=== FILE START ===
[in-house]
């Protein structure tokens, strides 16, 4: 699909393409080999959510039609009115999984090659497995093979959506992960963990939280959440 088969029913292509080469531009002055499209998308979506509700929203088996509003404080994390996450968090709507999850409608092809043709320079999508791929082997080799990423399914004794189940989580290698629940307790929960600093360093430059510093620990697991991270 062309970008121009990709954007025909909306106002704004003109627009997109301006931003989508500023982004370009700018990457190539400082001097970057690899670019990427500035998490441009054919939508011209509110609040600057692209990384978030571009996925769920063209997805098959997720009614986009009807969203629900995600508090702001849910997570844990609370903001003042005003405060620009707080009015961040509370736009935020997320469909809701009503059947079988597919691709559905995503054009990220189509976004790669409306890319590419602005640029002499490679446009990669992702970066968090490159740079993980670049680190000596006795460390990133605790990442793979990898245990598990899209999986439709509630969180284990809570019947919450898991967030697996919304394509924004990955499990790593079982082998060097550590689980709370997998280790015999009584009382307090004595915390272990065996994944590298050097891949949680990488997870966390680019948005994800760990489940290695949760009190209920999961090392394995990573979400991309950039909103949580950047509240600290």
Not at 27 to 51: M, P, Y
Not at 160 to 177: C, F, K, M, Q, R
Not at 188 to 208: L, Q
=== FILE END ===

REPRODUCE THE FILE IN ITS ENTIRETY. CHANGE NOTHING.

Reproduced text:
[in-house]
């Protein structure tokens, strides 16, 4: 699909393409080999959510039609009115999984090659497995093979959506992960963990939280959440 088969029913292509080469531009002055499209998308979506509700929203088996509003404080994390996450968090709507999850409608092809043709320079999508791929082997080799990423399914004794189940989580290698629940307790929960600093360093430059510093620990697991991270 062309970008121009990709954007025909909306106002704004003109627009997109301006931003989508500023982004370009700018990457190539400082001097970057690899670019990427500035998490441009054919939508011209509110609040600057692209990384978030571009996925769920063209997805098959997720009614986009009807969203629900995600508090702001849910997570844990609370903001003042005003405060620009707080009015961040509370736009935020997320469909809701009503059947079988597919691709559905995503054009990220189509976004790669409306890319590419602005640029002499490679446009990669992702970066968090490159740079993980670049680190000596006795460390990133605790990442793979990898245990598990899209999986439709509630969180284990809570019947919450898991967030697996919304394509924004990955499990790593079982082998060097550590689980709370997998280790015999009584009382307090004595915390272990065996994944590298050097891949949680990488997870966390680019948005994800760990489940290695949760009190209920999961090392394995990573979400991309950039909103949580950047509240600290």
Not at 27 to 51: M, P, Y
Not at 160 to 177: C, F, K, M, Q, R
Not at 188 to 208: L, Q